Saffron. One of the world’s most expensive spices, saffron is also used in traditional medicine. Active ingredients include antioxidants. Regarding psychotropic mechanisms, the ingredients crocin, crocetin, and N-acetylcysteine are cited in the literature as helping alleviate symptoms of depression, according to the Molecules study.

A 2013 meta-analysis demonstrated that saffron can improve depressive disorder, with a 2014 systematic review suggesting the efficacy of saffron was comparable to synthetic antidepressants. These findings are backed up by additional randomized control trials.

As for adverse effects, saffron field workers have shown increased rates of miscarriage, and this is also the case in animal studies, as a result, this remedy should be avoided during pregnancy.

St. John’s wort. This perennial flower is endemic to Eurasia, and the flower is used as an herbal medicine. Active ingredients include phloroglucinol derivatives, flavonoids, procyanidins, tannins, and xanthones, according to Molecules.

Dry extracts block the reuptake of serotonin, noradrenaline, and dopamine, along with downregulating β-adrenergic receptors, which is also an action of synthetic antidepressants. Based on clinical evidence, the European Medicines Agency has approved St. John’s wort for the acute treatment of mild depression.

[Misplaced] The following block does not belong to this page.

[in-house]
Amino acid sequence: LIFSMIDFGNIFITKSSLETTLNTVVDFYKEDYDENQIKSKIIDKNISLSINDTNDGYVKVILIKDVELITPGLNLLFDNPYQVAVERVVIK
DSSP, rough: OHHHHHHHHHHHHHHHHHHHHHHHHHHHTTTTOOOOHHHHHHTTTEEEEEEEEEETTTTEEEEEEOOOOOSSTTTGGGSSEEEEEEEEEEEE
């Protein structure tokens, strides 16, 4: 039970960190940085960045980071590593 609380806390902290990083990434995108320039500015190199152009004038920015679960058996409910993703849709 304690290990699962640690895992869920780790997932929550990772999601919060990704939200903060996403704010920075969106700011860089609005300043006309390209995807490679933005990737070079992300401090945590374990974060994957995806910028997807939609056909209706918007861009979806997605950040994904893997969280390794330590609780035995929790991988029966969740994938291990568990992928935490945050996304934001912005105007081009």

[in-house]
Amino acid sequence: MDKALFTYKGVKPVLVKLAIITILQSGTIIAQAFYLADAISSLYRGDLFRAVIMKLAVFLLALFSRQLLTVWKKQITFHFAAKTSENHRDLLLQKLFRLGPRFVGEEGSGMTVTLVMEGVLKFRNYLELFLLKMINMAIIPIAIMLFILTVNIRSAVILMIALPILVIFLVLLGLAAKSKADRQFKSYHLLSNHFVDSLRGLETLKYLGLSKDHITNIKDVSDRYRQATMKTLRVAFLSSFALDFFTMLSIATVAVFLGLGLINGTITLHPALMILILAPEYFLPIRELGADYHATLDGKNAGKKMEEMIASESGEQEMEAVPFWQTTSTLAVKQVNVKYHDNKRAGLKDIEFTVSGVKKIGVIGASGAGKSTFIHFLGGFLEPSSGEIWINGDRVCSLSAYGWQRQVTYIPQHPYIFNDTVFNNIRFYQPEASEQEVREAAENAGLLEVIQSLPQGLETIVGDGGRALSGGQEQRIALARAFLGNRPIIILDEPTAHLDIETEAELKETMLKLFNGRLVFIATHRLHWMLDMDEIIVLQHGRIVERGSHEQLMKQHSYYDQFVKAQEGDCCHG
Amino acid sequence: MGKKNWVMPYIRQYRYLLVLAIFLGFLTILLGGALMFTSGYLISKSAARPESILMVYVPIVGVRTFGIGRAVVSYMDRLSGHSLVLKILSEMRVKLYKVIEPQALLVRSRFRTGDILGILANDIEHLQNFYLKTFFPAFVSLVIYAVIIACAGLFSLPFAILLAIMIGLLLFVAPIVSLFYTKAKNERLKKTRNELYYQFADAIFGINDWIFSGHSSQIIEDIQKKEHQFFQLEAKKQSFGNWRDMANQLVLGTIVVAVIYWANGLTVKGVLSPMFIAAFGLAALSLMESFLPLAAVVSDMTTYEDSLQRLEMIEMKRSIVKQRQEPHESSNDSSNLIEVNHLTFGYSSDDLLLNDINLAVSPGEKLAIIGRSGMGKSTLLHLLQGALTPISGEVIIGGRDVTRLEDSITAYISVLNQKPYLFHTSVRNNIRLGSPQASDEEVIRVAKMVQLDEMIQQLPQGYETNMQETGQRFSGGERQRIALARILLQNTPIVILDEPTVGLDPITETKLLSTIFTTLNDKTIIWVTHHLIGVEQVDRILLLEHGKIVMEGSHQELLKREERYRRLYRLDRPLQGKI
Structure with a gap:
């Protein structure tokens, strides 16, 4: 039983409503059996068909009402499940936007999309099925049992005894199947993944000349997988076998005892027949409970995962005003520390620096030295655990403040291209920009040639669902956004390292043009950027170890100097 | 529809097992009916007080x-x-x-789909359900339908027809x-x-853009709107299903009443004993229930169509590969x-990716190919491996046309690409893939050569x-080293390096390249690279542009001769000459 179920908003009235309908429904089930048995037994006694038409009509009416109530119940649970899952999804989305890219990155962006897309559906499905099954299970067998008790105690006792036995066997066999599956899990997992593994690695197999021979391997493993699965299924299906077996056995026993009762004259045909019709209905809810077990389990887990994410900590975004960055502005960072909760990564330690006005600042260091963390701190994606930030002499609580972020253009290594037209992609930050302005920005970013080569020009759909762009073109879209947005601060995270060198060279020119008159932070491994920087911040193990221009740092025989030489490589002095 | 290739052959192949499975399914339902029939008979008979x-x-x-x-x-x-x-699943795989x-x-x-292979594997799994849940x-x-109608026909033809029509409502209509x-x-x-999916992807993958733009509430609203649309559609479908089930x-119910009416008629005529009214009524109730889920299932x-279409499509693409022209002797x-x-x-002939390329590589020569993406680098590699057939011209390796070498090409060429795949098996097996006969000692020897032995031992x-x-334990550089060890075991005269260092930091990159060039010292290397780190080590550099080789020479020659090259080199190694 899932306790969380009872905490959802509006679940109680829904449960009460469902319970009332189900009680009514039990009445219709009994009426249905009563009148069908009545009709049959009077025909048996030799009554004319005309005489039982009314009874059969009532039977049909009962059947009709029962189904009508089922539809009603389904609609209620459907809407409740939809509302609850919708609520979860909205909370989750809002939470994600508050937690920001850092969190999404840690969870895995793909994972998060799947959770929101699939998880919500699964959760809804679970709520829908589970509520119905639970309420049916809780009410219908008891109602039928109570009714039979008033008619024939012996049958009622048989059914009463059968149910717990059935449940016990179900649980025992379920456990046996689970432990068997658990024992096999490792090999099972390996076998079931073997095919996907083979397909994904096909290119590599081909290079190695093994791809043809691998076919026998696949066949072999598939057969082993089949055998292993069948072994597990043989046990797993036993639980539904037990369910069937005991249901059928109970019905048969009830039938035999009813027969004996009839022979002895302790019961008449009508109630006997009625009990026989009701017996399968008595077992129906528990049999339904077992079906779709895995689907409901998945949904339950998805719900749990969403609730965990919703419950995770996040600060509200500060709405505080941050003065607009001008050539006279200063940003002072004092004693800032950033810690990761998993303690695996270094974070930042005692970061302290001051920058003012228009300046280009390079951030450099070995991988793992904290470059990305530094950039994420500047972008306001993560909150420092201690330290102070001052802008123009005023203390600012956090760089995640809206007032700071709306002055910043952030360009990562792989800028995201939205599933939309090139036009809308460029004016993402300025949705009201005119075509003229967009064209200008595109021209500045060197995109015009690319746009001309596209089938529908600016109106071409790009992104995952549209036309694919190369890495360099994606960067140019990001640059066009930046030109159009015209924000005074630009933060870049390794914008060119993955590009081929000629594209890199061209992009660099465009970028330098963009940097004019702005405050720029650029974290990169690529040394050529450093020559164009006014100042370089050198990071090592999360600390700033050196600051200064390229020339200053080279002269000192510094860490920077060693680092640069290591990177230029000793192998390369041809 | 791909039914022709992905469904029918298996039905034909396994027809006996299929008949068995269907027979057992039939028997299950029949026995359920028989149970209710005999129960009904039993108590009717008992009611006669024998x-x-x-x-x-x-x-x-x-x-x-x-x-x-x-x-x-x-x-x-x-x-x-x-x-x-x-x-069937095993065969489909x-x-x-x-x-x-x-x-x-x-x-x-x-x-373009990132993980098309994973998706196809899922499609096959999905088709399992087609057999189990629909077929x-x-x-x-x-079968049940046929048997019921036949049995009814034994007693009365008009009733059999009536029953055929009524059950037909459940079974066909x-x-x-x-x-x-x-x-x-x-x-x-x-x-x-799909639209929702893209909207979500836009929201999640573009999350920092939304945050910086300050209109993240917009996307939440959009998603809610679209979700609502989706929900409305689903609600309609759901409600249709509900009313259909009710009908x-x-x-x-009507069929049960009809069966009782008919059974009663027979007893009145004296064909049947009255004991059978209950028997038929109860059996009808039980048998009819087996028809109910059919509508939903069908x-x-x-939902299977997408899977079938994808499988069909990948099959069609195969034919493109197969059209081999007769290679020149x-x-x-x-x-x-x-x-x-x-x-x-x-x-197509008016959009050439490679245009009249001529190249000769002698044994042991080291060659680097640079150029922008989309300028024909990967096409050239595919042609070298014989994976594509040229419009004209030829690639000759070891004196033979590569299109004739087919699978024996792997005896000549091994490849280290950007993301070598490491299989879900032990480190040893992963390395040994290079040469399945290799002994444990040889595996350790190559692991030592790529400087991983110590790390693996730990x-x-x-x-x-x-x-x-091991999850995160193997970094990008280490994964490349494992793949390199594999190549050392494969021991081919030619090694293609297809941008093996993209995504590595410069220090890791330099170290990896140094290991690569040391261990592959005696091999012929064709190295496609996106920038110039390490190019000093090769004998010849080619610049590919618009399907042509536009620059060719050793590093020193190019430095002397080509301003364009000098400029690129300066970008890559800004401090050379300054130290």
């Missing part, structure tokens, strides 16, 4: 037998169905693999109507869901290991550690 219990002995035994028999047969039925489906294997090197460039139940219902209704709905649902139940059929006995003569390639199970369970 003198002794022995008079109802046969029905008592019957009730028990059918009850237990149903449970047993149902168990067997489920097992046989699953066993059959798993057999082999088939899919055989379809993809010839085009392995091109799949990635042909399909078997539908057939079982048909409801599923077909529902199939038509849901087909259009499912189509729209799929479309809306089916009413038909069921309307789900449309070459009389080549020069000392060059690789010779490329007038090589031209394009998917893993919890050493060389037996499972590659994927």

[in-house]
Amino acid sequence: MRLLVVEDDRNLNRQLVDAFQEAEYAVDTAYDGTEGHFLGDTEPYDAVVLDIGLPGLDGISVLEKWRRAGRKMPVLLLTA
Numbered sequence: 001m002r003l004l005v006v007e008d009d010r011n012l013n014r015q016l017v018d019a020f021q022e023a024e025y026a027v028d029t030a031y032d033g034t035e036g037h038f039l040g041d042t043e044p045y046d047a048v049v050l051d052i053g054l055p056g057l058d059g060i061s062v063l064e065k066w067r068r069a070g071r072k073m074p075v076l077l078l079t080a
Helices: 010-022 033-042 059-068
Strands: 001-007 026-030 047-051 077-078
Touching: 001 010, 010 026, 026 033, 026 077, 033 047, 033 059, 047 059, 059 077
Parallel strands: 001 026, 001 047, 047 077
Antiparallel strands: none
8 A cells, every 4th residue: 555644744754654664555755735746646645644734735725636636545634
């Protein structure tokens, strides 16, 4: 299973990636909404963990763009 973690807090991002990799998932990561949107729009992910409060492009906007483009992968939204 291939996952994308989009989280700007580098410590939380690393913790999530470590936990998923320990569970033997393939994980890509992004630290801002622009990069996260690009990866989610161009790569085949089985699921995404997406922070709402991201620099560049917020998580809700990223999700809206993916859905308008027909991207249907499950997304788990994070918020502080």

A 2017 meta-analysis demonstrated that the clinical benefits of St. John’s wort are comparable to those of SSRIs. It also reported a lower dropout rate in those taking this herbal medicine, according to the Molecules article.

St. John’s is notorious for its drug interactions, as it induces CYP3A4, CYP2D9, CYP2C19, and the P-glycoprotein. This supplement is incompatible with some drugs, as interactions could lead to increased toxicity or ineffectiveness.

Other potential adverse effects include gastrointestinal disturbance, restlessness, and fatigue. Overdose is also possible, which leads to seizures and confusion.

Derivatives of this herbal plant are useful in treating mild to moderate depression, but drug interactions should be assessed, with patients counseled and educated accordingly.

What this means for you

Some evidence points to the improvement of depressive and anxiolytic symptoms with the use of medicinal plants. These products may be useful in patients with mild to moderate depression. Although plants used to treat depression may display fewer adverse effects than synthetic antidepressants, clinicians should keep an eye on adverse effects and interactions and should counsel patients on their use.

Read Next: The next generation of antidepressants: Are they effective?